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Chapter 2

CMN2148 Chapter 2: Master Document Chapter 2 Lecture, Key Terms and Summary
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Department
Communication
Course
CMN2148
Professor
Mary Hawkins
Semester
Winter

Description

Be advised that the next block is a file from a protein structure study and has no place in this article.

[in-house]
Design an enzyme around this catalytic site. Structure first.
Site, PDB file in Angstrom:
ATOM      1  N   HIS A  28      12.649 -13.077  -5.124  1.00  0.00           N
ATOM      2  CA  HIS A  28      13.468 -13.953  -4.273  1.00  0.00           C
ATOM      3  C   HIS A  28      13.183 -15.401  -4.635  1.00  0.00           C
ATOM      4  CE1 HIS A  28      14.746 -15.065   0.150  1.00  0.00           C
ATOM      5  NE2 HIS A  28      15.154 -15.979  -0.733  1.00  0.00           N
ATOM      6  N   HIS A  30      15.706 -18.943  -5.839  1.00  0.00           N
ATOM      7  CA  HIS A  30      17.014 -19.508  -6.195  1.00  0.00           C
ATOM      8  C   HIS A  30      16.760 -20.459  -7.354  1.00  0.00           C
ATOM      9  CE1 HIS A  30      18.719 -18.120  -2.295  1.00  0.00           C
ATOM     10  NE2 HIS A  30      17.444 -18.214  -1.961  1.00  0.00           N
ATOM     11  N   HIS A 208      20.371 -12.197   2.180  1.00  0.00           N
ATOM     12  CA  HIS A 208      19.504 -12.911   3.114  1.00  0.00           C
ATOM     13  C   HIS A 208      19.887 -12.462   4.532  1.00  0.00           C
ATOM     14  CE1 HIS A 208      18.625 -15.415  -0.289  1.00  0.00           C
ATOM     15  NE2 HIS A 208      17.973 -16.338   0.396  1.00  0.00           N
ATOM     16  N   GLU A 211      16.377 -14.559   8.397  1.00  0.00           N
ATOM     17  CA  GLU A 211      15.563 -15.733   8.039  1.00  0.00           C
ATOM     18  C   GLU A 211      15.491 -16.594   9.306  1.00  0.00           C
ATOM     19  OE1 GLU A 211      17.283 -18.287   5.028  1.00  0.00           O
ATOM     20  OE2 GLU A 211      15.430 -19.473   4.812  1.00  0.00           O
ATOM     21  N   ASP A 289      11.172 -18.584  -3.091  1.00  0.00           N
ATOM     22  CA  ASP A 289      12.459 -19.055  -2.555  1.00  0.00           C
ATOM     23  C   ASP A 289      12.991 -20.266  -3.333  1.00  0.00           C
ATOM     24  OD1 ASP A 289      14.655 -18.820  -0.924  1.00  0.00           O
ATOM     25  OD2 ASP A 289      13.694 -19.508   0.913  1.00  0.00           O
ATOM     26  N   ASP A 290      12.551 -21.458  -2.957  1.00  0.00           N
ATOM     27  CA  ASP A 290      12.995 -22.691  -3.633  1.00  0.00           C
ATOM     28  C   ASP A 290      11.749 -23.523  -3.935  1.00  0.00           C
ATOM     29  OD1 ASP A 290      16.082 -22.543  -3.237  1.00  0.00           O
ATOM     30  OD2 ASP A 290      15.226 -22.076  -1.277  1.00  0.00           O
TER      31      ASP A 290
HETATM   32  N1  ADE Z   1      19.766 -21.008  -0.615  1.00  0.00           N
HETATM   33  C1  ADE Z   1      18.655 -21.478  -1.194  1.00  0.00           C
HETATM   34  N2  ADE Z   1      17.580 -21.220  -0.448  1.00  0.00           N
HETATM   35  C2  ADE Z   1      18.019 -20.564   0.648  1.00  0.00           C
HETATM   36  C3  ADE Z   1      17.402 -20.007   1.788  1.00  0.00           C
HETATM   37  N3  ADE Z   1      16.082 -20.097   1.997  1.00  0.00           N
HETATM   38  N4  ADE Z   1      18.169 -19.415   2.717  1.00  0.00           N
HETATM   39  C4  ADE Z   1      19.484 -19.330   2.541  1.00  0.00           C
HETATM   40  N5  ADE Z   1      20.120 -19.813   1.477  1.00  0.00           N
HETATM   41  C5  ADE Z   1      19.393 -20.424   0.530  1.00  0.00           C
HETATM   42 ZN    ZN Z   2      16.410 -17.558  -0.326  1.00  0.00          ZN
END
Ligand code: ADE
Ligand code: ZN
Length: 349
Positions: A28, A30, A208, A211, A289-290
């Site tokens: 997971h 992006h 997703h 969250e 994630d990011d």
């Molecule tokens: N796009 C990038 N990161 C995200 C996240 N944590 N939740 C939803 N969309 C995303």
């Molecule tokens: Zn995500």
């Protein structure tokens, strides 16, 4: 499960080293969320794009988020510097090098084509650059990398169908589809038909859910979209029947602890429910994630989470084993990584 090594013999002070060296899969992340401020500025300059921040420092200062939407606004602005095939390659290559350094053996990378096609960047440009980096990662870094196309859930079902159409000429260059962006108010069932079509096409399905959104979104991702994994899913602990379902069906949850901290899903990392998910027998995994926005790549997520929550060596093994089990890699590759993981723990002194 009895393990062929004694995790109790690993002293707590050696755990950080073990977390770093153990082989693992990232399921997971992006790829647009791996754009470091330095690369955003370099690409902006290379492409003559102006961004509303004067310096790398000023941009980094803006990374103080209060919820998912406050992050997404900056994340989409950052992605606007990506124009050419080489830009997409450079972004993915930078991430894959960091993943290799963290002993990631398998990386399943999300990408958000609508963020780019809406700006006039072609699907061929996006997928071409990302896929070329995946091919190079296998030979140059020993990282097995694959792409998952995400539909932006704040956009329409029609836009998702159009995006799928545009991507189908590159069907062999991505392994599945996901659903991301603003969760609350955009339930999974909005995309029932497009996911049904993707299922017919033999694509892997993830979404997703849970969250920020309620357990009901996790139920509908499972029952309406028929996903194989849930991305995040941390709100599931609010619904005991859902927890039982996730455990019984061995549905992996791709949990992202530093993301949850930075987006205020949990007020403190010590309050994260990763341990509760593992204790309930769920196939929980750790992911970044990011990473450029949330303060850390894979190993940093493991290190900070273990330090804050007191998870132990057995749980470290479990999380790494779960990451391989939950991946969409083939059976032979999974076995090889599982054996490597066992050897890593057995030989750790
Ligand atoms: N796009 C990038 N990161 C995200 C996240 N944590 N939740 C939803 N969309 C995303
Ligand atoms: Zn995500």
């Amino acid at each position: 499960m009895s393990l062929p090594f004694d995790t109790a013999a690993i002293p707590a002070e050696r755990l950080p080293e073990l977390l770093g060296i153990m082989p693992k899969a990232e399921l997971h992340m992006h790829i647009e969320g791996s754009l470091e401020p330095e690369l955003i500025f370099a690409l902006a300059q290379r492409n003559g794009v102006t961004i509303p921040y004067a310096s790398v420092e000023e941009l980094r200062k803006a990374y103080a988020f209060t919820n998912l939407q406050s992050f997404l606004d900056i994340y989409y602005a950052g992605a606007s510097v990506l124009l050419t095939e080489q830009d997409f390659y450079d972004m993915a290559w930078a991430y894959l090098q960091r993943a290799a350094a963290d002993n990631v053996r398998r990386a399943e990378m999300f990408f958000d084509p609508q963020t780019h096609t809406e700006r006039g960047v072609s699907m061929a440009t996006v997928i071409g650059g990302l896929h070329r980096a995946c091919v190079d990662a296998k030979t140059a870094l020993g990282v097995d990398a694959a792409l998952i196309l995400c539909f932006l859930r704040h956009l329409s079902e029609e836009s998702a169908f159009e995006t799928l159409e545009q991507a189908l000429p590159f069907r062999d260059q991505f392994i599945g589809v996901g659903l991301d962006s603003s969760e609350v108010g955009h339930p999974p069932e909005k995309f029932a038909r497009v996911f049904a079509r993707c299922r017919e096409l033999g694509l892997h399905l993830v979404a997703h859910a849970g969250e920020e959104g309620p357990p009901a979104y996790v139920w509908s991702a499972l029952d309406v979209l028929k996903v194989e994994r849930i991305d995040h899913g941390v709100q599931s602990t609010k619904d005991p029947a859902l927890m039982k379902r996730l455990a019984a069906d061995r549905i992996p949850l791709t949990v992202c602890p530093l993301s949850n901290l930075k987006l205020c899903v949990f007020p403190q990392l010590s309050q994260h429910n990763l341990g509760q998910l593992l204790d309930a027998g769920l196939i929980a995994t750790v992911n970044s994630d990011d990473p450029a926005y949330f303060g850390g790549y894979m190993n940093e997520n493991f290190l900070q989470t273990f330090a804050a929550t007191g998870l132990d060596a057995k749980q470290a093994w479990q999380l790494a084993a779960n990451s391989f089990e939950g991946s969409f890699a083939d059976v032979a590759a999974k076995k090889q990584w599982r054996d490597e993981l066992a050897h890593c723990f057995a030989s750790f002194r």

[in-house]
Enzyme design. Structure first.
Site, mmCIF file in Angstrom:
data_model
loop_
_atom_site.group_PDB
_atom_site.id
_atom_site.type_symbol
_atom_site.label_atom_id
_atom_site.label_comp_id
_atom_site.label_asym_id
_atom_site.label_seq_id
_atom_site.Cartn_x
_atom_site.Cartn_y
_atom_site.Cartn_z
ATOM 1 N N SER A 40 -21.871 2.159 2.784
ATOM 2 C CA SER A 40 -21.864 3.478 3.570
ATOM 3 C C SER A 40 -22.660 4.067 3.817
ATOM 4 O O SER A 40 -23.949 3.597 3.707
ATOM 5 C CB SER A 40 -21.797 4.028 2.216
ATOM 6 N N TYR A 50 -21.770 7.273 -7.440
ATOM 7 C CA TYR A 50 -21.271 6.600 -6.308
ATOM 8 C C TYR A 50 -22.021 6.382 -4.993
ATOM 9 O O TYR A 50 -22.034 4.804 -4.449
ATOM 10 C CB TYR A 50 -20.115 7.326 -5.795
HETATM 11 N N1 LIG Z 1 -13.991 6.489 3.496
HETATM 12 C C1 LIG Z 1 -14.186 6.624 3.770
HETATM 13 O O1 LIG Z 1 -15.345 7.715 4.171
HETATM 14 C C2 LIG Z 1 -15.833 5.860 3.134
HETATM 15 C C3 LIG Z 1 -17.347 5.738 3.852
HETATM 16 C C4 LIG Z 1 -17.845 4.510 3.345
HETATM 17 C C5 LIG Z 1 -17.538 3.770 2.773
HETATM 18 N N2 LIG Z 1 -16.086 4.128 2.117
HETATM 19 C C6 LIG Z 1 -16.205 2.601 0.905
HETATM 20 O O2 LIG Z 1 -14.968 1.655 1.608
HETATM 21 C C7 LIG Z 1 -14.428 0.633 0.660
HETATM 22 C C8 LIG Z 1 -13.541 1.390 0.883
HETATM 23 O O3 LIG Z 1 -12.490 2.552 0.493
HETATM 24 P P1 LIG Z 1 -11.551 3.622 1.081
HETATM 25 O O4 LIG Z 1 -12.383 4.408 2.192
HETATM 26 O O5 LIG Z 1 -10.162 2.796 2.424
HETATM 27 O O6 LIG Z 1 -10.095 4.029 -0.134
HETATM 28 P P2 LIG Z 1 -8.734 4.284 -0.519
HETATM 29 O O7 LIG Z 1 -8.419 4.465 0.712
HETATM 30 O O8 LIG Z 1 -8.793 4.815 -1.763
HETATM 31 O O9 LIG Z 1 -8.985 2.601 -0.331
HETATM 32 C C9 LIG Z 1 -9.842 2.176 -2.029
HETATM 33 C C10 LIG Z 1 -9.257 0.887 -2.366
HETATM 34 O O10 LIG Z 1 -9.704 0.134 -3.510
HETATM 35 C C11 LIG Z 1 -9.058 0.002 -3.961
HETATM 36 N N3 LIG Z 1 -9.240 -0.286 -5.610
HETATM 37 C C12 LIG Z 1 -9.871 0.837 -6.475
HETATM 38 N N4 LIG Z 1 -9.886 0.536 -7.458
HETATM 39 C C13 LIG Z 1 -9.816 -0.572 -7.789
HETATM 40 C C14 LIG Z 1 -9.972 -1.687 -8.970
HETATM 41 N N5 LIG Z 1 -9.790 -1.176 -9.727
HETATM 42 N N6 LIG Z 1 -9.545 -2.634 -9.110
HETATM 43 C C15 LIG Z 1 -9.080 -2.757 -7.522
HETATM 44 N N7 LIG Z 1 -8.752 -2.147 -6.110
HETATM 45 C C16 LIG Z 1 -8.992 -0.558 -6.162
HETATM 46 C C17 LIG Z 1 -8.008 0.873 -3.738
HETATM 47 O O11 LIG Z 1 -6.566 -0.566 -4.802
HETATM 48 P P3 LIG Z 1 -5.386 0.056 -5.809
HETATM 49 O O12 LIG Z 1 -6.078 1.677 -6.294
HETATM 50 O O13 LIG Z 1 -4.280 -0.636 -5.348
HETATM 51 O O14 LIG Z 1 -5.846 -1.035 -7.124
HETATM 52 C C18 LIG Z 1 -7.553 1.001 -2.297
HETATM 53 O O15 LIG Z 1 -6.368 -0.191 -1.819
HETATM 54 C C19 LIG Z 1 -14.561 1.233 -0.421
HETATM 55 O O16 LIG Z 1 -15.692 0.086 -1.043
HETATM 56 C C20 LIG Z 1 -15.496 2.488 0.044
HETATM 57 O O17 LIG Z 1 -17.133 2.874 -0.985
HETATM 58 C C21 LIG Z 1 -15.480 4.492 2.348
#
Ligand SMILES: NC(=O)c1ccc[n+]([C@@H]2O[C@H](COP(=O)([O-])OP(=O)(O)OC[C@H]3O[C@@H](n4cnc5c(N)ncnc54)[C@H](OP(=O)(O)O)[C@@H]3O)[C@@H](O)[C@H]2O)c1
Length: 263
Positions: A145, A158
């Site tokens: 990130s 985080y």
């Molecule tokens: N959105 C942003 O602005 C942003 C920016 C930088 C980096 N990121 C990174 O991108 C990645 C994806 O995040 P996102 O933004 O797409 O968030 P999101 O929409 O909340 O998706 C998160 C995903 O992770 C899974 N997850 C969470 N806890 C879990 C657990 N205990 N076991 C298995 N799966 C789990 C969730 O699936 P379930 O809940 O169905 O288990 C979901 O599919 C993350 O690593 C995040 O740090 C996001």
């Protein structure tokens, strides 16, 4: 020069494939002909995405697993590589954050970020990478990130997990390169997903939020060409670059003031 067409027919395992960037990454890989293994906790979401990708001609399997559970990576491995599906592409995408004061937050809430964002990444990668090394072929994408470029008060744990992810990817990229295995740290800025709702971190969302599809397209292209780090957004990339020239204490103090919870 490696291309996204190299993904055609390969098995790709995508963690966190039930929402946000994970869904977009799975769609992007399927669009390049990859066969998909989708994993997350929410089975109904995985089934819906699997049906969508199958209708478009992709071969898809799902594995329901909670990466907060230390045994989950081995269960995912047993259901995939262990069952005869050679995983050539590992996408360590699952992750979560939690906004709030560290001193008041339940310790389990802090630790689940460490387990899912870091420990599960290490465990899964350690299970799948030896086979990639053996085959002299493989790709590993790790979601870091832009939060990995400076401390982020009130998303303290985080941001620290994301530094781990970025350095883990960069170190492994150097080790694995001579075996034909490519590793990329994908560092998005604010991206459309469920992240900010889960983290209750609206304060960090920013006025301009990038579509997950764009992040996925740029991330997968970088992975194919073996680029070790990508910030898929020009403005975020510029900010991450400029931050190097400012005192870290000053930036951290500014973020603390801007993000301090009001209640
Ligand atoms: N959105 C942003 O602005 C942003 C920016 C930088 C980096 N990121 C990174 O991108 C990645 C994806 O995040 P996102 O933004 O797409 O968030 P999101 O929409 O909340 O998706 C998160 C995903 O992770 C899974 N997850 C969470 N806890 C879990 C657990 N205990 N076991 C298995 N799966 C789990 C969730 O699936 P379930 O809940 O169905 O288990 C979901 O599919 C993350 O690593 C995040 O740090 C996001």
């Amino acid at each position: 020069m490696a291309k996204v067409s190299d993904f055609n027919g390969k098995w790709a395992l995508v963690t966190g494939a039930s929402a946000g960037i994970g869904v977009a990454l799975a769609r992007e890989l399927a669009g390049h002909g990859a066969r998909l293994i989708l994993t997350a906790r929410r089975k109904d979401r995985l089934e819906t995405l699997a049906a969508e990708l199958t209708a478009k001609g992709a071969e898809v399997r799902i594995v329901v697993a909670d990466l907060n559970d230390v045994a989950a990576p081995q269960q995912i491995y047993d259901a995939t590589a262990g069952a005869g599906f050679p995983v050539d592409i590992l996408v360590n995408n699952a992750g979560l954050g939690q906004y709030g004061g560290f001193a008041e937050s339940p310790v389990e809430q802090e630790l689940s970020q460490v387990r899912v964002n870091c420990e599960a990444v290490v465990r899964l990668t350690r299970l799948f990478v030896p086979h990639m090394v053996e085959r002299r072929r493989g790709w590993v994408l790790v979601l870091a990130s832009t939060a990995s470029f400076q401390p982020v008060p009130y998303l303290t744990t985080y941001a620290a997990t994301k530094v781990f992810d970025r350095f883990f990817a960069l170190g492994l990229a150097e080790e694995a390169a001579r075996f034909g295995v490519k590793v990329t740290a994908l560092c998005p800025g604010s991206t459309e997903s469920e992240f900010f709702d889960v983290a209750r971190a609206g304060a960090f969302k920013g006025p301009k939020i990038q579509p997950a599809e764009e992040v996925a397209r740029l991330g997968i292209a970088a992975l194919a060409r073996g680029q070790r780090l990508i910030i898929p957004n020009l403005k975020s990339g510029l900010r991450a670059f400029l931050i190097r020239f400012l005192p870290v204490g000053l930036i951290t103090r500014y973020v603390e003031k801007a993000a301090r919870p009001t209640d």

Fundamentals of Organizational Communication CMN2148 B The Functional Tradition • Organizing Messages o Rules and regulations o Organizational policies o Task definition, instruction, and evaluation • Relationship Messages o Individual role definition o Individual/organizational goals o Status symbol o Integration among supervisor/employees, peers • Change Messages o Decision making o Market analysis o New idea processing o Environmental inputs o Employee suggestions o Problem solving Communication Networks • Develop as a result of formal and informal social contact • Organization Charts; map who reports to and in what area of responsibility o Described as blueprints for the way; ▪ decisions are made ▪ how conflicts should be resolved ▪ which groups are responsible for ‘networking’ to reach organizational goals • Formal act of organizing, creates organizational communication networks/ the formal communication system o Formal Networks; interpersonal relationships that develop between individuals in a work group o Informal Networks; interpersonal relationships that develop between individuals and extend beyond the requirements of the work group Meaning-Centered Approach • Way of understanding organizational communication by discovering how organizational reality is generated through human interaction. 1. Process for; ▪ Generating shared realities, ▪ Decisions making ▪ Influence ▪ Culture etc. • Assumptions 1. All ongoing human interaction is communication in one form or another 2. Organizations exist through human interaction; structures and technologies result from the information to which individuals react 3. Shared organizational realities reflect the collective interpretations by organizing members of all organizational activities 4. Organizing and decision making are essentially communication phenomena 5. Sense making combines action and interpretation 6. Identification, socialization, communication rules, and power all are communication processes that reflect how organizational influence occurs 7. Organizing, decision making, and influence processes describe the cultures of organizations by describing how organizations do things and how they talk about how they do things 8. Organizational cultures and subcultures reflect the shared realities in the organizational and how these realities create and shape organizational events 9. Communication climate is the subjective, evaluative reaction of organization members to the organization’s communication events, their reaction to organizational culture Karl Weick (1979) • Organizations are in the process of existing through ongoing human interaction 2 • There is no such thing as an organization; there is only the ongoing interaction among human activities • Organizations do not exist outside of human interaction • Focus on the organizational environment as the communication links and messages • Human reactions ‘enact’ organizational environments through informational exchanges and the active creation of meaning • This creation or enactment of organizational environments differs among individuals, resulting in multiple and divers meaning and interpretations • Organizational Rules are; o Relatively stable procedures or known processes that guide organizational behavior o Used as guidance for most inquiries o Formed when selective communication cycles are successful, retention occurs and the process is stored as an organizational rule o ‘equivocal’ messages are susceptible to varying interpretations Steps to Decision Making 1. Choosing ways to approach the goal 2. Assigning individual responsibilities within the project 3. Deciding what resources the group will need Influence • Creates and changes organizational events • Contributing factors to organizing and decisions making include; o Who we see as influential o Whys people seek to influence others o How people respond to influence o Identification o Socialization o Communication rules o Power Assimilation; Myers & Oetzel (2003) • Organizational assimilation processes occur across six dimensions; o Familiarity/friendships o Acculturation o Recognition 3 o Involvement o Job competency o Role negotiation • Scott and Myers (2010) o A complex membership negotiation (sought via information seeking) along multiple dimensions within organizational social and work systems Metaphors • When culture is used as a metaphor for organizational communication, we attempt to understand communication by understanding; o The uniqueness or shared realities o Language, symbols, jargon, etc. o Behaviors, rituals and rites o General standards and values o Cultural information & Communication activities that shape that culture 21 Century Emerging Perspectives • Communication constitutes organizations (CCO) • Postmodernism • Critical theory • Feminist, race, class theory Stan Deetz (1992) • Communication cannot be reduced to an informational issue where meanings are assumed to be already existing, o It must be seen as a process of meaning development and social production of perceptions, identities social structures, and affective responses o Move beyond functional concerns for message production and transfer from the Meaning-Centered issues of ‘realities’ and cultures to a fundamental view of communication that constitutes or brings about self and social environments • Communication is the processes that literally produces organizing, decision making, and influence 4 James Taylor & Elizabeth Van (2011) • First-ness; actions and events of the organization + • Second-ness; All the people (agents) engaging in these activities = • Third-ness; an abstract representation of what an organization is about and how its ‘authority’ influences present and future actions Critical Theory • Definition; focuses attention to studies of power and abuses of power through communication and organization o ‘the central goal of critical theory in organizational communication studies has been to create a society and workplaces that are free from domination and where all members can contribute equally to produce systems that meet human needs and lead to the progressive development of all’ – Deetz 2001 o ‘one of the principal tenets of the critical studies approach is that organizations are not simply neutral sites of meaning formation; rather, they are produced and reproduced in the context of struggles between competing interest groups and systems of representation’ – Mumby (1993) • Critical theory seeks to; o Understand power structures and identify interests served by various types and alignments of power and control o Uncover power abuses in order to contribute to more fulfilling organizations and entire societies o Support both analysis and action, whether stimulating resistance, promoting change, or focusing on emancipating those abused by power structures Patrice Buzzanell (1994) • Feminist Organizational Communication o The moral commitment to investigate the subordinate, to focus on gendered interaction in ordinary lives, and to explore the standpoints of women who have been rendered invisible by their absence in theory and research o Gender is a socially constructed and enacted in organizations, with messages, structures, and practices becoming the contexts for gender construction and negotiation. Organizational communication is therefore the focal process for this construction and negotiation 5 Judi Marshall (1993) • Females in organizations adapt to male norms while being valuated against female stereotypes. • ‘The male domination of cultures goes largely unrecognized in organizational life and in mainstream organizational theory’ ‘Male Principles’ ‘Female Principles’ Self-assertion Interdependence Separation Cooperation Independence Receptivity Control Merging Competition Acceptance Focused perception Awareness of patterns Rationality Awareness of wholeness Clarity Synthesizing Discrimination Activity Alternative Perspective to Feminist Theory; ^ Connie Bulls (1993) • described why its important to consider how socialization practices can construct women as marginalized others • challenged us to think about voices marked as outsiders, unsocialized, uncommitted, disloyal, absentee, unemployable, or dropouts Racial Bias in Organizations; Karen Ashcraft and Brenda Allen (2003) • Organizations are fundamentally gendered & raced • Many of the assumptions in organizations about the contributions of women apply to people of color • Stereotypical expectations related to race, while differing by race, are evidenced in all types of organizational settings o The further inclusion of minorities will decrease discrimination Social Class Bias in Organizations ^ & Karen Lucas (2011) • ‘emotionally charged feelings of dislocation arise when people from blue- collar, working class backgrounds enter the world of white-collar, idle to upper class work. In contrast to all they have gained by upward social mobility, many feel a deep sense of loss’ - Lucas 6 • Social class is constructed through communication. Allen (2011) illustrates how occupational differences create class; o Hourly V salaried work o Educational requirements for promotional mobility o Service V line responsibilities o Private office V open space Institutionalization; Pamela Tolbert & Lynne Zucker (1996), Tim Kuhn (2005) • Organizational communication is fundamental in this description • Begins when an innovation or new understanding enter a field of practice, organization, or related group of organizations • Involves; innovation, • Habitualization, o Sustains the innovation phase o The innovation becomes part of patterned approaches to problem solving usually used by a limited set of individuals who have contact with each other across organizations • Objectification o Characterized by social consensus about the value of the innovation o Often based on limited knowledge about the specifics of the innovation but agreement that based on convincing arguments of merit the innovation has significant potential • Sedimentation o Same as objectification description above 9 Dimensions of Global Culture; House & Hanges & Javidan & Dorfman & Gupta (2004) • 10 year study • 62 societies • 170 social scientists and management scholars from around the world • 17,300 participants • 951 organizations • Conclusion: 9 core dimensions of global cultures 1. Uncertainty avoidance 2. Power distance 3. Institutional collectivism 4. In-group collectivism 5. Gender egalitarianism 7 6. Assertiveness 7. Future orientation 8. Performance orientations 9. Humane orientation Technology and Organizational Communications • Access to and control of technology are powerful communication influences changing the way work is performed, how people relate to each other, how power is exercised, and a host of organizational participation practices • The emergence of these technologies changes fundamental assumptions in all of the theoretical perspective we discussed • Emerging communications technologies influence; o Organizational structure o Processing of information o Newcomer socialization o Interactions among work groups o Interactions with customers o The speed of work o Information security o Individual privacy o Networks for innovation o Problem solving o Decision making, etc. Key Terms • Practical Theory; a set or principles enabling communicators to construct tentative models and approaches relevant to broad ranges of practical situations • Functional Tradition; way of understanding organizational communication by describing what messages do and how they move through organizations o Describes; ▪ How communication produces organizational outcomes ▪ Communication as a complex organizational process that serves organizing, relationship, and change functions ▪ The way messages move through organizations through examining communication networks, channels, message directions, communication load, and distortion 8 ▪ Communication transmits rules, regulations, and information throughout the organization • Organizational Communication System; number of related units that operate together to create and shape organizational events. Informing processing is the primary function of the units o What are the main parts of the system? o What parts work together to create and shape organizational events? o How do